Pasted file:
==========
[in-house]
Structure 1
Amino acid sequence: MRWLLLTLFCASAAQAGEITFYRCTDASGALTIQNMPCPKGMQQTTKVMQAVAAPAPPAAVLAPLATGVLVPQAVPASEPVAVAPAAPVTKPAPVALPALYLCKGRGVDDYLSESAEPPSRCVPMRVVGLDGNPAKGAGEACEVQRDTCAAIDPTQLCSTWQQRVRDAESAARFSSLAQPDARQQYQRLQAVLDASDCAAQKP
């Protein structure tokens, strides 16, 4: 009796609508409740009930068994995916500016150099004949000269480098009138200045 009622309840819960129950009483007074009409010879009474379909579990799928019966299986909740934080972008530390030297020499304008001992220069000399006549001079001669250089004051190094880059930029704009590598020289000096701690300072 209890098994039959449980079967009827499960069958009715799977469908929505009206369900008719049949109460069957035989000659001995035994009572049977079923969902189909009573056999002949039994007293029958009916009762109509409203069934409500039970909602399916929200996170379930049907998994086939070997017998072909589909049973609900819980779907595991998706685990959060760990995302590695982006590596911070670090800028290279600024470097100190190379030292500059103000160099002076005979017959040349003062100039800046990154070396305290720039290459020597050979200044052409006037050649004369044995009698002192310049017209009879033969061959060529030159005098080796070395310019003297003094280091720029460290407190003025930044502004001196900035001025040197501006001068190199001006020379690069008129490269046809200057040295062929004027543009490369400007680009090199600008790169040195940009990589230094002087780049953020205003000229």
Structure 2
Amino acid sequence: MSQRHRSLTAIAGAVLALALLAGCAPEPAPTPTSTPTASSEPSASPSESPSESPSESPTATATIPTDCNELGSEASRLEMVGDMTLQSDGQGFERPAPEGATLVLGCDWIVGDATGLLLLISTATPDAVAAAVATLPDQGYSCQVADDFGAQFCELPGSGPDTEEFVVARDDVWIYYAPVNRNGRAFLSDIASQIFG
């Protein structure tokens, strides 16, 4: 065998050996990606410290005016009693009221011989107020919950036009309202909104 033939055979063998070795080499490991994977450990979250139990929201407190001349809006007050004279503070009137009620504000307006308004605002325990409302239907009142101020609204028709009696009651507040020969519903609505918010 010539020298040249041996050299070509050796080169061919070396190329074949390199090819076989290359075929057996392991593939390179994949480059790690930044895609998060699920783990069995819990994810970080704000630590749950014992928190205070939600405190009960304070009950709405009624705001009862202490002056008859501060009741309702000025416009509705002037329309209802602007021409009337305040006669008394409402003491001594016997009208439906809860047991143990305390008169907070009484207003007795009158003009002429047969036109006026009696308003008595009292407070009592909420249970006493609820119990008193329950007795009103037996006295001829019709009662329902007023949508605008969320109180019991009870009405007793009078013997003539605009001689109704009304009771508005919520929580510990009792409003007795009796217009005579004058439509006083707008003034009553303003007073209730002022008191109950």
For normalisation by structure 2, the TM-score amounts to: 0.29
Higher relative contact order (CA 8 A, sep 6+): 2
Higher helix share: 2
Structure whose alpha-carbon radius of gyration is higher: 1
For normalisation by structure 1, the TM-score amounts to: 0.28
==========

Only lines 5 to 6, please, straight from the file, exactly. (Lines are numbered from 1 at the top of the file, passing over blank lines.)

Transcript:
Structure 2
Amino acid sequence: MSQRHRSLTAIAGAVLALALLAGCAPEPAPTPTSTPTASSEPSASPSESPSESPSESPTATATIPTDCNELGSEASRLEMVGDMTLQSDGQGFERPAPEGATLVLGCDWIVGDATGLLLLISTATPDAVAAAVATLPDQGYSCQVADDFGAQFCELPGSGPDTEEFVVARDDVWIYYAPVNRNGRAFLSDIASQIFG